SMART, it’s a term analogous to this generation’s digital. From smart phones, to full blown smart homes, everything is becoming its own mini computer, and syncing up to everything else.
Seemingly lagging behind this new technological standard is the trusty old wrist watch. First they ticked, then they went digital, and a whole host of whacky gimmicks have latched themselves on to the traditional timekeeper ever since. However the watch is starting to become smart, and Android is poised to make it smarter.
What Is A SmartWatch?
There isn’t necessarily a firm definition of a smartwatch or “wearable”, but in the past few years several models have hit the market that contain computer processors, touch screens, applications similar to what you’d find on a phone, and even features like inbuilt cameras. The best of these wearables also have the ability to interact with other computer devices.
They tell you the time and weather, give you email and social media updates, track your fitness and heart rate, play music, and have personal organizer features.
Why Should You Buy One?
This is perhaps the toughest question to answer and probably part of the reason why they haven’t yet become a hit. There is nothing particularly unique about a smart watch. Everything they do, can be done on a number of different devices (like your phone), and probably much better.
In fact it could be argued that the only reason watches are still a thing, is because they’re a fashion accessory, not because they can tell the time.
The ironic thing is, most smart watches are big, bulky, and hideous – so they don’t even have style going for them. And they’re still expensive; at least a few hundred a pop, pricing the average consumer out of the market anyway.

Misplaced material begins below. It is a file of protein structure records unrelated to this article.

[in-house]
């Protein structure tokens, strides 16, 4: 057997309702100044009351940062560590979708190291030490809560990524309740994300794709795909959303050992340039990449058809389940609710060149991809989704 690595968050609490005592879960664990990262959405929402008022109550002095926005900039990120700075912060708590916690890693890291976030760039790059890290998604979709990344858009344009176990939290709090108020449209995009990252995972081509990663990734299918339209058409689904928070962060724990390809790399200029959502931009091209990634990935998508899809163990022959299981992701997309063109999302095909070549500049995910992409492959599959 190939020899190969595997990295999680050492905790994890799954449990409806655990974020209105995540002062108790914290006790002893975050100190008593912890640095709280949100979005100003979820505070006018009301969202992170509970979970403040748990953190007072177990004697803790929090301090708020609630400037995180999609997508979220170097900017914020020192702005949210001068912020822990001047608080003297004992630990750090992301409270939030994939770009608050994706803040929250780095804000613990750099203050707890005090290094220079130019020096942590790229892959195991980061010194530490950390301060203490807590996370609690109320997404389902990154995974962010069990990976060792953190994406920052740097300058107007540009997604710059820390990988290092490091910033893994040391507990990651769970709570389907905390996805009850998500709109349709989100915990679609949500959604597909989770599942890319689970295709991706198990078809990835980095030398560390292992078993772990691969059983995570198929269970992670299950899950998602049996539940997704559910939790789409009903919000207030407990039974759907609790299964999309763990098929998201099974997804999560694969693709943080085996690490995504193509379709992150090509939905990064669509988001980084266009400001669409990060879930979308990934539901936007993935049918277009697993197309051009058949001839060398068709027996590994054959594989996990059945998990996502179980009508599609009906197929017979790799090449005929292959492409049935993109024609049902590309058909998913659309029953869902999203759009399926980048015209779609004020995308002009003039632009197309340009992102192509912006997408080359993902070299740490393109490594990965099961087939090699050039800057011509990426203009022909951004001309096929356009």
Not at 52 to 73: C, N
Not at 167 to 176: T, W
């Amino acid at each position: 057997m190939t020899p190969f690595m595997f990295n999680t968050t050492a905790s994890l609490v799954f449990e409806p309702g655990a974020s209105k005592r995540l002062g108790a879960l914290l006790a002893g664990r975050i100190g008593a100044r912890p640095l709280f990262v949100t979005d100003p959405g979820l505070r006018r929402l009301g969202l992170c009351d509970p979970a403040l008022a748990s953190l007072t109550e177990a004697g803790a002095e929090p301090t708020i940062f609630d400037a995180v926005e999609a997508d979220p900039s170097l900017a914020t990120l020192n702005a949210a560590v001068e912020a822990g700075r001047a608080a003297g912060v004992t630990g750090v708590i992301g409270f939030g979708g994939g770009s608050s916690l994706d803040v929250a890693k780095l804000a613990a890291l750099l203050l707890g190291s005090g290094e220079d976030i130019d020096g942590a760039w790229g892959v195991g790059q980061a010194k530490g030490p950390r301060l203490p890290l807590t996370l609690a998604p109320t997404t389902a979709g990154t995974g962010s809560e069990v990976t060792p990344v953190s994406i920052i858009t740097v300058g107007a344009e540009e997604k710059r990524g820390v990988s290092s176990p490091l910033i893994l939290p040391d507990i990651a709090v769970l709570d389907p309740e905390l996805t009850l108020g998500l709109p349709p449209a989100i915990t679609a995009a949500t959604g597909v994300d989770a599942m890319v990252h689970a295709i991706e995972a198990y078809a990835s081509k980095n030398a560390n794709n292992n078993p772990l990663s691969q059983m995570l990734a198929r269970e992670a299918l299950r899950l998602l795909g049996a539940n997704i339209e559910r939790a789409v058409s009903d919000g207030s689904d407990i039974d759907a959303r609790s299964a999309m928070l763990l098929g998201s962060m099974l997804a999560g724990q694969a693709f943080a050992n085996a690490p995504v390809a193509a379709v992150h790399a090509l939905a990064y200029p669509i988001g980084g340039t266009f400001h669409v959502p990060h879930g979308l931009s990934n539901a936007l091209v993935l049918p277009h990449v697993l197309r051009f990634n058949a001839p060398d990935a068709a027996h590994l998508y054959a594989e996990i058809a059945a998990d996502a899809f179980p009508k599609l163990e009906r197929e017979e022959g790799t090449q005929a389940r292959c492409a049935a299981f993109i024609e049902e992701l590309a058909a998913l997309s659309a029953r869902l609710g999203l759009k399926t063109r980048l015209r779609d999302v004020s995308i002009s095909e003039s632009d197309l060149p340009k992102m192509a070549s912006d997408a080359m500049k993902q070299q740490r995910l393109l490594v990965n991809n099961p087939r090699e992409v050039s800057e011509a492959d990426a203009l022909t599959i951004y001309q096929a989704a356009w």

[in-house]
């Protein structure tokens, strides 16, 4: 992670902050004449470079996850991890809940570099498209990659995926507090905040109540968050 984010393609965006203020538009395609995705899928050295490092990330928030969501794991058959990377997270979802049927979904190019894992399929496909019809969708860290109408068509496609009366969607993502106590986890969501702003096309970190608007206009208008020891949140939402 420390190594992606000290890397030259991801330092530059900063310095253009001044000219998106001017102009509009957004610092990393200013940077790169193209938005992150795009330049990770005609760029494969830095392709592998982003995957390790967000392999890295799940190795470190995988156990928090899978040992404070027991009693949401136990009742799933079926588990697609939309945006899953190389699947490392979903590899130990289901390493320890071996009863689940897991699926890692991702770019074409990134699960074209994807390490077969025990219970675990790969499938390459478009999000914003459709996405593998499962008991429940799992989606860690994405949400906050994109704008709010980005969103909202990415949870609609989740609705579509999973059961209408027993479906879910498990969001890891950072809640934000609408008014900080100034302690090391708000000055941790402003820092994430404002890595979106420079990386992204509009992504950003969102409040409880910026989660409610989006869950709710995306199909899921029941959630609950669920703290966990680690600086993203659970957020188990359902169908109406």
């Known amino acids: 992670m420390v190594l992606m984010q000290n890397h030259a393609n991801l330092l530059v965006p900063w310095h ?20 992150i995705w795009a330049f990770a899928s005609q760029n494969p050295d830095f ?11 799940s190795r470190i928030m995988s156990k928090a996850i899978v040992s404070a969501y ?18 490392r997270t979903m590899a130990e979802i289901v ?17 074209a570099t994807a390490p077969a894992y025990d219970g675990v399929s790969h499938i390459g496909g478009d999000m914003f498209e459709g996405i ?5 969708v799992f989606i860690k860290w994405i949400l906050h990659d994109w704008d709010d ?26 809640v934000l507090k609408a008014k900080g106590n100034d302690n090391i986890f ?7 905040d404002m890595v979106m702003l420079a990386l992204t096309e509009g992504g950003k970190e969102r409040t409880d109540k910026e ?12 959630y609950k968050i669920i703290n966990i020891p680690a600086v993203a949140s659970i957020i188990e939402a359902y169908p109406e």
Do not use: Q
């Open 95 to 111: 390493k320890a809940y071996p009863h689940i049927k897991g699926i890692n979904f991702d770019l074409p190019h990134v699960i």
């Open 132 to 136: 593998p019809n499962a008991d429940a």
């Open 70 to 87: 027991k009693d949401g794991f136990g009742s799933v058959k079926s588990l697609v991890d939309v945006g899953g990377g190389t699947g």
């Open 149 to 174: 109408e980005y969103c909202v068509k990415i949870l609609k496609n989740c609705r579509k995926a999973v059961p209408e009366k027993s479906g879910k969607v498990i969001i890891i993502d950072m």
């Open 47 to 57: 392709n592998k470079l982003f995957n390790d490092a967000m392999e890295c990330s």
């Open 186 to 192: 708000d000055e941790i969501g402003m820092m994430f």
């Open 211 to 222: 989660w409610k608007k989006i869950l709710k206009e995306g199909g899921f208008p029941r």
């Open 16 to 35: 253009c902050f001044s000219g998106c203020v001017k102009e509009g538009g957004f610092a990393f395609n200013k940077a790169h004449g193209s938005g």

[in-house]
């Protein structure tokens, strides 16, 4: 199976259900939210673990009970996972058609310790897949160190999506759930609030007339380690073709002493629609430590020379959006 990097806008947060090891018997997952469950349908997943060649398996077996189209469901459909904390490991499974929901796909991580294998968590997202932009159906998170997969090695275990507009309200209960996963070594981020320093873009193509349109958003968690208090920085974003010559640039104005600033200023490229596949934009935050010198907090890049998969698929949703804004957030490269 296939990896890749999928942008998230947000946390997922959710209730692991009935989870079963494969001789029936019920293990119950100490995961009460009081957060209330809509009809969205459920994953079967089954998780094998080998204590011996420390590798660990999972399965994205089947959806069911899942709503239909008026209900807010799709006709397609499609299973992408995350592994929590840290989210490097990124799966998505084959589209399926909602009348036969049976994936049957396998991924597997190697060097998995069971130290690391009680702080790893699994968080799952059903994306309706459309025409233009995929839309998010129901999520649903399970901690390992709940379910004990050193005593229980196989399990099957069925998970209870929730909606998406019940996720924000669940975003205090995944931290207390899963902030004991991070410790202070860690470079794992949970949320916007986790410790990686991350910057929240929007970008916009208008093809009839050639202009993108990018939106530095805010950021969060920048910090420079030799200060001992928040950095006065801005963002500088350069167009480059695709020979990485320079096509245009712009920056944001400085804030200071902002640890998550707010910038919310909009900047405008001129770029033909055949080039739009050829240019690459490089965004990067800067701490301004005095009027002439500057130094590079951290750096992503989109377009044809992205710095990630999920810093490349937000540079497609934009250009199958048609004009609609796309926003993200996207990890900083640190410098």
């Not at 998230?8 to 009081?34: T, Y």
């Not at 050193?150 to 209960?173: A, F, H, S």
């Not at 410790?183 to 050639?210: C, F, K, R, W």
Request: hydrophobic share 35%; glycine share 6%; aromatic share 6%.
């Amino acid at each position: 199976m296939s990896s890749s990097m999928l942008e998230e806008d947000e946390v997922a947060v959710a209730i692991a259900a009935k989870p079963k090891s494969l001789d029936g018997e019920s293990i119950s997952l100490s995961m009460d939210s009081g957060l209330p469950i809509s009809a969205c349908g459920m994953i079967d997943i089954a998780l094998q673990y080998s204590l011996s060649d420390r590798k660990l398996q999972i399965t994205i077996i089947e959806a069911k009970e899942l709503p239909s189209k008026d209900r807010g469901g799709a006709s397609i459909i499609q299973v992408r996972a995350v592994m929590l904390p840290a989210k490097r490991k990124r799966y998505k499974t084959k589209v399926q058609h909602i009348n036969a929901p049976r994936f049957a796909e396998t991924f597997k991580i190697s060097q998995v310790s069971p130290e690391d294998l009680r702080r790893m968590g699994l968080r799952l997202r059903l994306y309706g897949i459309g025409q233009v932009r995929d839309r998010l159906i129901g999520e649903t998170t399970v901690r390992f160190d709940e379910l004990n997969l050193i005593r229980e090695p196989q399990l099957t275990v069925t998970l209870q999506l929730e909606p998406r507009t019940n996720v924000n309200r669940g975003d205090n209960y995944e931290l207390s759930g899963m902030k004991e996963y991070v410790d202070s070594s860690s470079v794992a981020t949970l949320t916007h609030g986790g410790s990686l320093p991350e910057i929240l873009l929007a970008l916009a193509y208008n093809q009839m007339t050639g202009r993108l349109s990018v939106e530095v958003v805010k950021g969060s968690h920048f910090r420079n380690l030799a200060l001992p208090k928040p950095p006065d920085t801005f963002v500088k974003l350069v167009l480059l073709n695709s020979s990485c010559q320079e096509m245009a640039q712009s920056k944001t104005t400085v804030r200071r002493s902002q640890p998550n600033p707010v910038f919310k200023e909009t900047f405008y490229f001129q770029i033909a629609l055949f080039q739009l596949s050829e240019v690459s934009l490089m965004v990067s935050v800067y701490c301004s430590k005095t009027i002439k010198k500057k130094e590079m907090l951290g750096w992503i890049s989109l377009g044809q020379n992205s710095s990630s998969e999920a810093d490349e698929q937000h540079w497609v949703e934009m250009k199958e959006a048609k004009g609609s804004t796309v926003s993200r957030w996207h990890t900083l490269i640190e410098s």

Could they be the next big thing that everybody wants and relies on? Or at least a more socially acceptable thing to fiddle with during business meetings? Possibly, but as it stands they’re really just a rich person’s gadget.
Android To The Rescue
What will it take to get the smartwatch to go mainstream?
A vision, a big company to realize that vision, and standardized technology.
Enter the Moto 360 by Motorola, and the Android Wear operating system.
While the Android OS already exists on some wearables, this has been limited. The Samsung Galaxy Gear for example uses a scaled back Android 4.3, but the watch will only sync up to other Samsung devices, meaning you really have to be a Samsung fanboy to get the full “smart” experience.
Android Wear has been carefully created with wearables in mind, and will be able to sync up to all android devices. The Moto 360 will be one of the first models to use the software.
Though not much is known about the device (which may hit stores as early as July), its creators have at least taken on board aesthetic criticisms, and styled a watch that wouldn’t look out of place alongside an Armani suit. It actually looks like a watch instead of a toy or gadget.
Motorola executive Mark Randall is also brashly confident, telling Trusted Reviews that the current smartwatches are “pretty crappy”.
“We look at the [Moto] 360 and we look at what everyone has done in that space. To be honest we think they are all pretty crappy … people just don’t want to wear them,” he said.
“People are saying it is finally a device they would wear on their arm instead of being embarrassed about, and we haven’t even talked about functionality.”
The smartwatch just got smarter, but it’s yet to be seen whether it will truly take off.